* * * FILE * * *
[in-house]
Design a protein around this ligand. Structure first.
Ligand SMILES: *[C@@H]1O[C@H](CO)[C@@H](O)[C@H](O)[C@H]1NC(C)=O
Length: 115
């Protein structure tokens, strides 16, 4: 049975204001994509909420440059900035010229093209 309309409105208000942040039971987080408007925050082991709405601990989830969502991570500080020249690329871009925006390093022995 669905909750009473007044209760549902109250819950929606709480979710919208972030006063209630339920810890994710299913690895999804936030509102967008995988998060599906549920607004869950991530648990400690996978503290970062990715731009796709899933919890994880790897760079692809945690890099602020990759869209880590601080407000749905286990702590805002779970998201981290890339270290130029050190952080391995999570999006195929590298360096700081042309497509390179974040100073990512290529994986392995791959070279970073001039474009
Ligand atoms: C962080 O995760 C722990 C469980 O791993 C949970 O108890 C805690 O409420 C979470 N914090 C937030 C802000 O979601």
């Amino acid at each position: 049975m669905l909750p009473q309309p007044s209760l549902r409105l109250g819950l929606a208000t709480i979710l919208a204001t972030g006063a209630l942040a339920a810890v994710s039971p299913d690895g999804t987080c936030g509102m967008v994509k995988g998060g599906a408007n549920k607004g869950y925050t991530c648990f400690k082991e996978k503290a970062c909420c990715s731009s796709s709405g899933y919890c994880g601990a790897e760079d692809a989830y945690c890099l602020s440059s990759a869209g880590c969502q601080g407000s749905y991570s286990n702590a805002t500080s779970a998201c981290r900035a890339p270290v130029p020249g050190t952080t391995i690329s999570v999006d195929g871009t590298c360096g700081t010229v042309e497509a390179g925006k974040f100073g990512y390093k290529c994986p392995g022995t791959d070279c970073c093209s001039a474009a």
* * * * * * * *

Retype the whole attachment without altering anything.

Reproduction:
[in-house]
Design a protein around this ligand. Structure first.
Ligand SMILES: *[C@@H]1O[C@H](CO)[C@@H](O)[C@H](O)[C@H]1NC(C)=O
Length: 115
């Protein structure tokens, strides 16, 4: 049975204001994509909420440059900035010229093209 309309409105208000942040039971987080408007925050082991709405601990989830969502991570500080020249690329871009925006390093022995 669905909750009473007044209760549902109250819950929606709480979710919208972030006063209630339920810890994710299913690895999804936030509102967008995988998060599906549920607004869950991530648990400690996978503290970062990715731009796709899933919890994880790897760079692809945690890099602020990759869209880590601080407000749905286990702590805002779970998201981290890339270290130029050190952080391995999570999006195929590298360096700081042309497509390179974040100073990512290529994986392995791959070279970073001039474009
Ligand atoms: C962080 O995760 C722990 C469980 O791993 C949970 O108890 C805690 O409420 C979470 N914090 C937030 C802000 O979601």
């Amino acid at each position: 049975m669905l909750p009473q309309p007044s209760l549902r409105l109250g819950l929606a208000t709480i979710l919208a204001t972030g006063a209630l942040a339920a810890v994710s039971p299913d690895g999804t987080c936030g509102m967008v994509k995988g998060g599906a408007n549920k607004g869950y925050t991530c648990f400690k082991e996978k503290a970062c909420c990715s731009s796709s709405g899933y919890c994880g601990a790897e760079d692809a989830y945690c890099l602020s440059s990759a869209g880590c969502q601080g407000s749905y991570s286990n702590a805002t500080s779970a998201c981290r900035a890339p270290v130029p020249g050190t952080t391995i690329s999570v999006d195929g871009t590298c360096g700081t010229v042309e497509a390179g925006k974040f100073g990512y390093k290529c994986p392995g022995t791959d070279c970073c093209s001039a474009a």